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People attend the second night of the Riverbend Festival on Thursday, May 30, 2019 in Chattanooga, Tenn. Lionel Richie headlined the night.

Updated at 4:38 p.m. on Tuesday, Sept. 17, 2019 with more information.

Will there be a Riverbend 2020 and, if so, where will it be held and what will it look like?

Those are among the questions being asked by the Friends of the Festival board of directors. Declining revenues beginning in 2016 forced the board to make big changes leading up to this year's event, and Riverbend 2019 "did not perform as expected," according to board Chairman Jay Jolley.

"The Friends of the Festival Board is evaluating a number of options on next steps as we look to 2020," he said in a statement Tuesday.

Changes to the 2019 festival included reducing the length of the event from 10 days to four, doing away with one of the five stages, moving the event from the second week of June to the end of May, and nearly doubling admission prices in order to spend more money on bigger-name headliners. They booked Keith Urban, Weezer, Macklemore and Lionel Richie.

According to Jolley, some changes were well received, but not all.

Leading up to the event, fans on social media noted the doubling of the admission price while cutting the number of days in half, for example.

First held in 1982, the festival is among the longest-running in the nation and has been touted as the community's annual reunion, drawing fans by the tens of thousands primarily from the tri-state area. 

But declining numbers and revenues, and a changing music festival environment around the country, forced the event to make major changes this year.

Fans have come to expect a "unique user experience," according to organizers of other such events. That can include everything from smaller, more intimate stages, such as those found at the Moon River Music Festival, which drew 11,000 people to Coolidge Park earlier this month, or a camping experience like that found at the Bonnaroo Music & Arts Festival held every June in Manchester, Tennessee, which drew around 80,000 people in 2019.

Newer festivals such as Hangout in Gulf Shores, Alabama, or Forecastle in Louisville, Kentucky, also feature artisan foods and drink items and the most popular touring acts in the world. Tickets for those range from $125 to $350. Riverbend for many years was less than $35 per person and has long featured primarily classic rock and country acts. It has been described as having more of a carnival or county fair atmosphere, which proved popular with fans for many years.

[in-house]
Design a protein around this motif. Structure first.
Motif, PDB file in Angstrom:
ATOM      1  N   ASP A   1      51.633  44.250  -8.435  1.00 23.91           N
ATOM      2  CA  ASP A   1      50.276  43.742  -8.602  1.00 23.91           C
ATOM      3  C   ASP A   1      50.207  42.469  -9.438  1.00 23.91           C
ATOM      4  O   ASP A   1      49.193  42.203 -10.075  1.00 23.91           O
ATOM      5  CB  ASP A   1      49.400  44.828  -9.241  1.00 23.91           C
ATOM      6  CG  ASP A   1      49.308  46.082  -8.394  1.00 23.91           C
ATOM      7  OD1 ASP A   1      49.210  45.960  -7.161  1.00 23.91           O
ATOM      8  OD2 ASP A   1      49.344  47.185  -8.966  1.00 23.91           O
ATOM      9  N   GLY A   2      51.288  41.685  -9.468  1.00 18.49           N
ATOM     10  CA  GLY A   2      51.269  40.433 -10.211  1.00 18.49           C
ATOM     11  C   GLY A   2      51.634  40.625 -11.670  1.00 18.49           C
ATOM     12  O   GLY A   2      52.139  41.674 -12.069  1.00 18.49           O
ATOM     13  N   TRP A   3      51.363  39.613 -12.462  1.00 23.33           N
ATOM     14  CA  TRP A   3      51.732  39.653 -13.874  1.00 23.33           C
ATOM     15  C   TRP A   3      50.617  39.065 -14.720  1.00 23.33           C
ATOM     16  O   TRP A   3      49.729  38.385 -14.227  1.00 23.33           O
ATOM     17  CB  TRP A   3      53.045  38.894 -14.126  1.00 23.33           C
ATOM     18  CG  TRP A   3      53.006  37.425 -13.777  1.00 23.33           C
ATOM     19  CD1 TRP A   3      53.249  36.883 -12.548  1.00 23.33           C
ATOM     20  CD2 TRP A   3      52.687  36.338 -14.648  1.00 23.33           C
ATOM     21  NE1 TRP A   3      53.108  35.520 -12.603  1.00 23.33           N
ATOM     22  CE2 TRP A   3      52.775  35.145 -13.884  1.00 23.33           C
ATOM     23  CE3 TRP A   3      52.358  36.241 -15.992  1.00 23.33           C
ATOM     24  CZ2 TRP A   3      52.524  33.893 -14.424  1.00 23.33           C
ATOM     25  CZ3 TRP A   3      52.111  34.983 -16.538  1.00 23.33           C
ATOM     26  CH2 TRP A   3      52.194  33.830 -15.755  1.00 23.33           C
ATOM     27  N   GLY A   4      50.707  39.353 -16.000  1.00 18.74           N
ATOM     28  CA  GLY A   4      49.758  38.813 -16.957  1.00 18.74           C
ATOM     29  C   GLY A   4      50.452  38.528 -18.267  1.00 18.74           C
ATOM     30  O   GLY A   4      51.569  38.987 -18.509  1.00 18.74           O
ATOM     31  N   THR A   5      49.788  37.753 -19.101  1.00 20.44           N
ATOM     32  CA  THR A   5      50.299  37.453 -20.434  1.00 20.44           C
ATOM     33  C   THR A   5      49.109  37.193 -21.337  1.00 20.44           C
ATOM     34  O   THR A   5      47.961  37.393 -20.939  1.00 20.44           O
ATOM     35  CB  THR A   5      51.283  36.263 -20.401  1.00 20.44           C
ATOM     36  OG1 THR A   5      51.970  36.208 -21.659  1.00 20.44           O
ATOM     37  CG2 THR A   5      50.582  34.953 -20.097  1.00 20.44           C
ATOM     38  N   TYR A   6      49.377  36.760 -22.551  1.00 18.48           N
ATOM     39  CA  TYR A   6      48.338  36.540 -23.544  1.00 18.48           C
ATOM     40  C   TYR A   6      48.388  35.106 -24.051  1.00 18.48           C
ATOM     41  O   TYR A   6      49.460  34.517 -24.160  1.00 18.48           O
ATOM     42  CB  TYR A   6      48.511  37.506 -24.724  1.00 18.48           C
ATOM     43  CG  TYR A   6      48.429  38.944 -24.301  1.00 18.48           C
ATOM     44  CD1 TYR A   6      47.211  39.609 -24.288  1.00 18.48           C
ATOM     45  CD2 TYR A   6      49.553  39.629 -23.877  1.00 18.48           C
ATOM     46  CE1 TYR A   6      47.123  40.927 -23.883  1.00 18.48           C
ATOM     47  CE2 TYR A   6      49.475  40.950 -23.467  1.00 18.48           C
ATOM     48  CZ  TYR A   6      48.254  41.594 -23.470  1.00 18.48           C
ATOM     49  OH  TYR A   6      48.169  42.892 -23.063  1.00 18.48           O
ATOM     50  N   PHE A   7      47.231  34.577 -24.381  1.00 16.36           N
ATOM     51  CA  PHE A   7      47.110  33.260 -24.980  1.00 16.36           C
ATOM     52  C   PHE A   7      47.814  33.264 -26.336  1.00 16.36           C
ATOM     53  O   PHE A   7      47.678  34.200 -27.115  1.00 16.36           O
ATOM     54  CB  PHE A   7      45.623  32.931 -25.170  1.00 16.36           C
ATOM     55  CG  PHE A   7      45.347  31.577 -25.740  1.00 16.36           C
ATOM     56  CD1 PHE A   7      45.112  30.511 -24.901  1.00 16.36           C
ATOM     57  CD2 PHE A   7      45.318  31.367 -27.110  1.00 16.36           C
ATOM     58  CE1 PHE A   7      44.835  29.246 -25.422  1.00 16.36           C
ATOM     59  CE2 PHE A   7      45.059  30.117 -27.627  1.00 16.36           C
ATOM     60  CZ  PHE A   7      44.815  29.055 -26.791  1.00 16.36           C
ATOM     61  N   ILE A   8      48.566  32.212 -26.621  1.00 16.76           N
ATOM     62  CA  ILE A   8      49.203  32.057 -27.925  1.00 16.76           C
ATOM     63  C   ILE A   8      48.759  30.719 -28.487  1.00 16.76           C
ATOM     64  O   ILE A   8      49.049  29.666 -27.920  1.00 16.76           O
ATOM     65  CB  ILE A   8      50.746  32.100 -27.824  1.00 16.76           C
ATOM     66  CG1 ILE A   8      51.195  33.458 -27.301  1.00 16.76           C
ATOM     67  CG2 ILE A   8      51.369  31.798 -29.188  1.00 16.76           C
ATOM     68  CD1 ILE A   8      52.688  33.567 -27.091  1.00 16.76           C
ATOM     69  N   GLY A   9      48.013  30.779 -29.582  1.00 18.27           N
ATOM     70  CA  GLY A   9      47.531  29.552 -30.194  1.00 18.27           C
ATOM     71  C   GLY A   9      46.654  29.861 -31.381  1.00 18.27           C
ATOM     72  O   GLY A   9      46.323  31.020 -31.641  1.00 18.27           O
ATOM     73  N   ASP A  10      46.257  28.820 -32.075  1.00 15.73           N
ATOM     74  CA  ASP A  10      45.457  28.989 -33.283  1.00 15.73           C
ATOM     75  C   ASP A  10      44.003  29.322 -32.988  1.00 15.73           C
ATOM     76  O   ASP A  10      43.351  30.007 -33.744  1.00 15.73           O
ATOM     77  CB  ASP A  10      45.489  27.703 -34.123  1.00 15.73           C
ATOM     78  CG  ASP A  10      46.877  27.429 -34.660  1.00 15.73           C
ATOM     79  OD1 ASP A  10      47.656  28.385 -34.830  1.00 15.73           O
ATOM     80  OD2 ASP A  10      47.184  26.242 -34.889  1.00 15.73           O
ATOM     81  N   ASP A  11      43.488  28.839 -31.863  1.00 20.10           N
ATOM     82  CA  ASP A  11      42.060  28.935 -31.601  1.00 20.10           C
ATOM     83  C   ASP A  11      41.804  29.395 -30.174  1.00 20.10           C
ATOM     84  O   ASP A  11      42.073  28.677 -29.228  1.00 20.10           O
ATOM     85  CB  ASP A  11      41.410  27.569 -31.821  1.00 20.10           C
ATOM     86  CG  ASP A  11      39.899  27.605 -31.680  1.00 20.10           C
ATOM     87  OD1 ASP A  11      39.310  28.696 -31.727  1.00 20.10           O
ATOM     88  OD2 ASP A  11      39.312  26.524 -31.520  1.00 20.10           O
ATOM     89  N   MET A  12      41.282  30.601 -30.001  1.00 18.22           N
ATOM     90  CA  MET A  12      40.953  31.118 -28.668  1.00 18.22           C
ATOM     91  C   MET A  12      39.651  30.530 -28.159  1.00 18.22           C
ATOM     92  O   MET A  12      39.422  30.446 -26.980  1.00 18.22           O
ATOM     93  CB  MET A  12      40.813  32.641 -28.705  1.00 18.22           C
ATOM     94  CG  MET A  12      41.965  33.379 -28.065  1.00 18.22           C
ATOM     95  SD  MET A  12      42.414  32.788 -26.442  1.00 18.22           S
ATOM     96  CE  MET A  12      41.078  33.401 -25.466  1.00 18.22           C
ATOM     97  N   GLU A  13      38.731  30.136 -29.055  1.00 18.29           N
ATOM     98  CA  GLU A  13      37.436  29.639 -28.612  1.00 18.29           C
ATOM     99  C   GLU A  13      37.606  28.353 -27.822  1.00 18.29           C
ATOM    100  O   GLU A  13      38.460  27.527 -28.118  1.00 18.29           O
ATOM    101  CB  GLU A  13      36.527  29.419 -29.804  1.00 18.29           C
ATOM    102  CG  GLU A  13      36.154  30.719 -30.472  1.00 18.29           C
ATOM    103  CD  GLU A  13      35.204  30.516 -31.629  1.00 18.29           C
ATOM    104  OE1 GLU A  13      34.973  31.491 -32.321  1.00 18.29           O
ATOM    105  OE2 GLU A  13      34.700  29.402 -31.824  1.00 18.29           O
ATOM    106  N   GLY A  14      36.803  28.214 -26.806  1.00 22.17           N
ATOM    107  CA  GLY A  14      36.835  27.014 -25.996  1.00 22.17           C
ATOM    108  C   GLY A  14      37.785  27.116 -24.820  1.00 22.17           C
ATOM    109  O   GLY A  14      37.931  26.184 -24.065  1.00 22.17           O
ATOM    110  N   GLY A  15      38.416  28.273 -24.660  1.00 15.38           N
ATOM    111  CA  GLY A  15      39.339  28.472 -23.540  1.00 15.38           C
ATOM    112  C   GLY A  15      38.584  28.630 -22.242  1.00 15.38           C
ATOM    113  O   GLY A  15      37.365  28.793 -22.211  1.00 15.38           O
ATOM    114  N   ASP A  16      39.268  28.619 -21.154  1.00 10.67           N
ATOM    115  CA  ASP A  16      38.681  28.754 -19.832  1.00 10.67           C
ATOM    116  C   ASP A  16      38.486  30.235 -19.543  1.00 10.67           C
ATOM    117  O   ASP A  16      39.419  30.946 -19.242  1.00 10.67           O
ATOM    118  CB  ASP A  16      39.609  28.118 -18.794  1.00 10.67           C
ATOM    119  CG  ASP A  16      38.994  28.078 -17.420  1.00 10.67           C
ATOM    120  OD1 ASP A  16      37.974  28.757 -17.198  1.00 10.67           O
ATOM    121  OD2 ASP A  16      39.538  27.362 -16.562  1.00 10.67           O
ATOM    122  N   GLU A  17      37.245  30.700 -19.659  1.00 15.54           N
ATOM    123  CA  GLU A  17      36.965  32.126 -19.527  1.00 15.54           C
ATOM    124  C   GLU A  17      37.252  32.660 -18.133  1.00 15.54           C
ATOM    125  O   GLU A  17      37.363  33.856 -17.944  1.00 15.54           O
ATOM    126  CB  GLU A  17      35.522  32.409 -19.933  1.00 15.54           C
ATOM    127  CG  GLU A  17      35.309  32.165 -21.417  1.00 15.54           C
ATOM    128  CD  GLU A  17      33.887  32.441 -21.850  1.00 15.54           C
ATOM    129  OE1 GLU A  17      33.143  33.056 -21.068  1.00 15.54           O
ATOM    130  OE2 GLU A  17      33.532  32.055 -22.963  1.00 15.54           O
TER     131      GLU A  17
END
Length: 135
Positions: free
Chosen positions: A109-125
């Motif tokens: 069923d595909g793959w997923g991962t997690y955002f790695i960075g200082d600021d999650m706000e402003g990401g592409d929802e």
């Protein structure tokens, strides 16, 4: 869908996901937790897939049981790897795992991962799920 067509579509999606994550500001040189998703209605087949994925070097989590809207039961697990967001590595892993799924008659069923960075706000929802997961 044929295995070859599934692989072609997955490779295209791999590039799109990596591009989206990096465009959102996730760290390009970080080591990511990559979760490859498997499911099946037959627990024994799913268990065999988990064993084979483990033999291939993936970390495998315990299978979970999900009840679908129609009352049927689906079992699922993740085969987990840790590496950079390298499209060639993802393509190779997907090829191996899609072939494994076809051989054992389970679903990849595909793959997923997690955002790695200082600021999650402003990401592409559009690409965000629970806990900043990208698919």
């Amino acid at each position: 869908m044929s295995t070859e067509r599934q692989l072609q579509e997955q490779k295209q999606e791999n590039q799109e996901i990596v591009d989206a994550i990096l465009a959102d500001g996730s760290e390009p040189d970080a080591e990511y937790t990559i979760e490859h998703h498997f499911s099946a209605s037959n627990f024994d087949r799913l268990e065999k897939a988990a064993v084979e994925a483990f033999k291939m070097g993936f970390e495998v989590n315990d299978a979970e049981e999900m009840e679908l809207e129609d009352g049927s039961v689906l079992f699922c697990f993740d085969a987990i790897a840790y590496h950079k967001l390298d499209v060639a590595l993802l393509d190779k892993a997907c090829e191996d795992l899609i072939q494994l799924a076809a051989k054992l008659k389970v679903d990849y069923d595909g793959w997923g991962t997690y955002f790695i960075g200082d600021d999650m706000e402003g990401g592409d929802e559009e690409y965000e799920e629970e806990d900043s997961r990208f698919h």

Friends Executive Director Chip Baker referred to Jolley's written statement on the future of the festival, but just before this year's event he said: "Things have been evolving, and that's the word I would use, in this town musically over the last 10 years. We could see what was going on. As our community has evolved, people have told us they wanted more and they were willing to pay for it.

"So we needed a plan, and we came up with one, and we are sticking to it. It is so easy to stay in one direction. Change can be difficult, or it can be an opportunity, and that is how I see this. It is a lot of change all at once, but it is a transition to a big-time music festival."

Immediately after this year's festival he said: "The crowd seemed to enjoy themselves. The numbers were less, which we knew they would be. It made for a better environment. We made a lot of changes. We may not have accomplished 100% of everything we wanted to do, but we made tremendous strides. I think we answered the questions, or the call, if you will, of what the community wanted us to do, which was better, shorter and more experiences."

Even more changes are likely.

What those options are was not mentioned in the news release, and no one associated with the event was willing to go on the record, but according to sources with knowledge of the discussions, they likely could include ending the festival altogether, moving it to a new location, such as the Tennessee Riverpark on Amnicola Highway, and/or bringing in an outside organization such as AC Entertainment, which produces Bonnaroo and Moon River.

What has not been mentioned are how any changes might impact the other events that Friends of the Festival is involved with, such as the Riverfront Nights concert series at the 21st Century Waterfront or the recent appearance of the historic USS LST 325 military ship that docked at Ross's Landing earlier this month.

Jolley said in his statement that the board will be looking at its options and that no further statements would be made until a decision is made.

"These are challenging discussions, and we will have no further public comment until the Board has the opportunity to evaluate all options," he said. "We expect to conclude this process in the coming weeks."

Contact Barry Courter at bcourter@timesfreepress.com or 423-757-6354.

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